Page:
If orange is your color of choice and you have decided to plant orange Profusion zinnias in a sunny bed, offset by orange marigolds and orange Mexican sunflowers (Tithonia rotundifolia), you could also add orange black-eyed Susans (Rudbeckia rudbeckia (rədbĕk`ēə): see black-eyed Susan.
indicates fairness. [Flower Symbolism: Flora Symbolica, 177]
See : Justice hirta) to the mix. Black-eyed Susans are perennials that bloom most of the year and effortlessly reseed Verb 1. reseed - seed again or anew
farming, husbandry, agriculture - the practice of cultivating the land or raising stock
seed - go to seed; shed seeds; "The dandelions went to seed"
2. themselves as well.
Tuberous tuberous /tu·ber·ous/ (too?ber-us) covered with tubers; knobby. See also under sclerosis.
tu·ber·ous or tu·ber·ose
1. Producing or bearing tubers.
2. begonias are an excellent alternative to the monotony of impatiens in the shady to partially sunny garden bed. Blooming from now until late autumn, the rose-like flowers of tuberous begonias are a universally acknowledged delight. The yellow tuberous begonia begonia (bĭgōn`yə), any plant of the large genus Begonia and common name for the family Begoniaceae, mostly succulent perennial herbs of the American tropics cultivated elsewhere as bedding or pot plants and easily propagated by is especially prized because summer-blooming plants for shade rarely have yellow flowers.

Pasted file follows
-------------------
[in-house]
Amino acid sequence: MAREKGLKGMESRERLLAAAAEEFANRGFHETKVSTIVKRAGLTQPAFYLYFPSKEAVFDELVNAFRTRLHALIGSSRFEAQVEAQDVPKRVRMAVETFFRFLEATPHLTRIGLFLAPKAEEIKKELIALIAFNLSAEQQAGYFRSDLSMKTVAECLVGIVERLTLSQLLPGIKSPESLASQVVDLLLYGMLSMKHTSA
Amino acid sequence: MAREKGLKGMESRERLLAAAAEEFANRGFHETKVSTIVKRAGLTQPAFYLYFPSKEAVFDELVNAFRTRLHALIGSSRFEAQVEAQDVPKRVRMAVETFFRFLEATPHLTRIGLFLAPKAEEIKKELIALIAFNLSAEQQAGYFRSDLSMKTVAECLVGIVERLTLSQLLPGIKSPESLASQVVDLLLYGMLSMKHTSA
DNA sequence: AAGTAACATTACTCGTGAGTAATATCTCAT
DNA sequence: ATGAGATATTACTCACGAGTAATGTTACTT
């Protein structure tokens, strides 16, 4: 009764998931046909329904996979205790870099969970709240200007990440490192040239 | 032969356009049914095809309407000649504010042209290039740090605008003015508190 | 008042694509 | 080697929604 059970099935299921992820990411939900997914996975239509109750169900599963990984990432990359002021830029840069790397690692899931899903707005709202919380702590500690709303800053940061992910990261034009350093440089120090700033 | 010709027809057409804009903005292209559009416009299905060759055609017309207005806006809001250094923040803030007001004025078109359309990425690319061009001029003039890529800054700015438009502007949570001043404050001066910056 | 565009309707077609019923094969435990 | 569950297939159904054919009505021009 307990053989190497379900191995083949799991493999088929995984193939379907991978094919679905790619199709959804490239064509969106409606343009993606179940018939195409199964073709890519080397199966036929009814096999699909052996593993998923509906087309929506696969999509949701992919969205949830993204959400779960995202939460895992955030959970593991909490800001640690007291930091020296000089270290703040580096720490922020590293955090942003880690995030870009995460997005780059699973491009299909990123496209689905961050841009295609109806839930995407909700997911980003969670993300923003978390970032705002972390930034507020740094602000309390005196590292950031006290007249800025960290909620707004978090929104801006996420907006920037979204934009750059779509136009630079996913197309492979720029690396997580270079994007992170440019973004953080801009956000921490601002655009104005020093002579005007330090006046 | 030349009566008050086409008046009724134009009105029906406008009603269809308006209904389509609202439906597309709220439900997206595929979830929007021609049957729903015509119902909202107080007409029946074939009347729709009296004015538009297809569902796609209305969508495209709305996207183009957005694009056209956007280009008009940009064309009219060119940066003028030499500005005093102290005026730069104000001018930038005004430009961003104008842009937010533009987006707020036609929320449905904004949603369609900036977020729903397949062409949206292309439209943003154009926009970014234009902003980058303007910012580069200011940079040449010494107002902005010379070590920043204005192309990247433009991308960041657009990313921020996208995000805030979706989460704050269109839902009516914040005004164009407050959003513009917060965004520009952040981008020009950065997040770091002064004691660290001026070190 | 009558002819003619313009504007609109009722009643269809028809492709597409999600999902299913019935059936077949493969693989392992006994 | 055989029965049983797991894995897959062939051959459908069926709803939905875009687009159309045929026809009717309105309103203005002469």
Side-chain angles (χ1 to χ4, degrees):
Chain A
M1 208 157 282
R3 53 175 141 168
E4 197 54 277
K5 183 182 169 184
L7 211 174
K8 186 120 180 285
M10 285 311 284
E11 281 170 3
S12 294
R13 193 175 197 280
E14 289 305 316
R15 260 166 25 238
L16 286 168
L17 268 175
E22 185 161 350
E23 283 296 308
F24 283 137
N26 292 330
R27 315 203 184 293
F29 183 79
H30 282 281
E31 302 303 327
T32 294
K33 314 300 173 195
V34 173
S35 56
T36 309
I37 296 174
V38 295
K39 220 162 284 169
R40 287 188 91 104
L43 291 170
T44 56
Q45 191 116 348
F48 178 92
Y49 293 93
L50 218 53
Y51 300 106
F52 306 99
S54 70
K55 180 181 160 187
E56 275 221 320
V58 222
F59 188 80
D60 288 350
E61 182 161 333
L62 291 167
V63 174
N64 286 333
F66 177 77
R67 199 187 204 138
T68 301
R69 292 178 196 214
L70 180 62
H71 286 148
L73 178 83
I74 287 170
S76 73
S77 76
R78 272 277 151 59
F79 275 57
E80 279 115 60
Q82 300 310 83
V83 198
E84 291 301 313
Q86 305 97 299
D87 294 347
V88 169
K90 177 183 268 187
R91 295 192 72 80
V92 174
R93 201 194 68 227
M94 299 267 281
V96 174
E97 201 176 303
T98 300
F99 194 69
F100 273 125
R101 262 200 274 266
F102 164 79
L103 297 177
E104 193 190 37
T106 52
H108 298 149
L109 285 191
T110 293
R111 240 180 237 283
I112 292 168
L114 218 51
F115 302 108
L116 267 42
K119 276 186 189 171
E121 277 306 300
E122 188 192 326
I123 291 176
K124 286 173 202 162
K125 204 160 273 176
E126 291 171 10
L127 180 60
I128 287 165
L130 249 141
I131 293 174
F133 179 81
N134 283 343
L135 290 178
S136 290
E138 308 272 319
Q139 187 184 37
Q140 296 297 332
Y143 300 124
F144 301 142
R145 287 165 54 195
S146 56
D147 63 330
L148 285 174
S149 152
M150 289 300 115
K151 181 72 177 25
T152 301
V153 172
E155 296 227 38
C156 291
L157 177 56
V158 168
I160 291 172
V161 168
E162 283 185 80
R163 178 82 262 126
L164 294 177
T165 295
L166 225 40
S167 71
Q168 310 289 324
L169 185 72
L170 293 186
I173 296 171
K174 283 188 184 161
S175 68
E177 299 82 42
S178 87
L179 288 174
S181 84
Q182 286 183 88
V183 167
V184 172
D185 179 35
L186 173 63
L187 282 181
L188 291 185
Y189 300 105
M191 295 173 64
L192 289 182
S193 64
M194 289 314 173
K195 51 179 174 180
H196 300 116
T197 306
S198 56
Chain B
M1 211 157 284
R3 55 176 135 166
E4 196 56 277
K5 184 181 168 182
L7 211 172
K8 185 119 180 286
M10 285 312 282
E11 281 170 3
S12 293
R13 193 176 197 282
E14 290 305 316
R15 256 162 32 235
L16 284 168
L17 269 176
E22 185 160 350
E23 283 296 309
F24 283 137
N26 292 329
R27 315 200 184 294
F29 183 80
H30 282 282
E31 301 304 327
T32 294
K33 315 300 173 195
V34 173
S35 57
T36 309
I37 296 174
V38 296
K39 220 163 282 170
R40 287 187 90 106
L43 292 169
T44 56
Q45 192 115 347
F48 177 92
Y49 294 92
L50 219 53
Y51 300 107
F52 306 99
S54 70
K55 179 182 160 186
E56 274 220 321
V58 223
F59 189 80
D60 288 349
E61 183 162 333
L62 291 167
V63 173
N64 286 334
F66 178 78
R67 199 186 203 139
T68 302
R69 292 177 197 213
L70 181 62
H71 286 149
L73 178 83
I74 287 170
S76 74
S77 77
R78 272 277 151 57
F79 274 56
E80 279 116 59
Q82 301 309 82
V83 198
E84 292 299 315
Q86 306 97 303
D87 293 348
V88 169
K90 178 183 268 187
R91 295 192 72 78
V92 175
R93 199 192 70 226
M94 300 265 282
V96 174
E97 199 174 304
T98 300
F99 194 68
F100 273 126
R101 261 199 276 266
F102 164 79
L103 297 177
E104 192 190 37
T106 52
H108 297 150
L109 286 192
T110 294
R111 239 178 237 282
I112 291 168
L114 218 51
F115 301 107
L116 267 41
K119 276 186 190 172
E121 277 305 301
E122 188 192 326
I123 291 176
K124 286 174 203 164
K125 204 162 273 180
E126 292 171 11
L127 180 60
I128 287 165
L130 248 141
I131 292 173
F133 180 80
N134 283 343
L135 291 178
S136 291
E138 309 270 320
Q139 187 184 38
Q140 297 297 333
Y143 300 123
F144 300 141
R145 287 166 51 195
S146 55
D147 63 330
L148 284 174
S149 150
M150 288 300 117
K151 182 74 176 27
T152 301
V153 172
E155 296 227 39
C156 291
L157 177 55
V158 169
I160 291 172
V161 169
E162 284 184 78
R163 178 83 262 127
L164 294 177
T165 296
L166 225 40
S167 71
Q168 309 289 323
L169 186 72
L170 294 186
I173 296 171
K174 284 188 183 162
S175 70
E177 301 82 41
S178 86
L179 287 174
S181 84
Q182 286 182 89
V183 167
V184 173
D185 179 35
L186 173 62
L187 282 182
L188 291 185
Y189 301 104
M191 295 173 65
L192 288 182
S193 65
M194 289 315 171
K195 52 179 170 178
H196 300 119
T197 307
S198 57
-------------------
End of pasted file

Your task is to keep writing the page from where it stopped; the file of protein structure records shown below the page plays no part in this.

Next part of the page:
Dahlias are also readily available this time of year. There are bedding dahlias of short stature and giant dahlias with spectacular dinner plate-sized blooms. Dahlias are somewhat heat sensitive and should be protected from afternoon sun in Valley gardens.
TIP OF THE WEEK: While larger dahlias may not need winter storage, the tubers of smaller dahlias and tuberous begonias must be dug in order to survive until the next spring. In late fall, carefully dig up dahlias, shake dirt off tubers and dry them in the sun. Dust with sulfur and cover with peat moss, perlite perlite
Natural glass with concentric cracks such that the rock breaks into small, pearl-like bodies. It is formed by the rapid cooling of viscous lava or magma. , vermiculite ver·mic·u·lite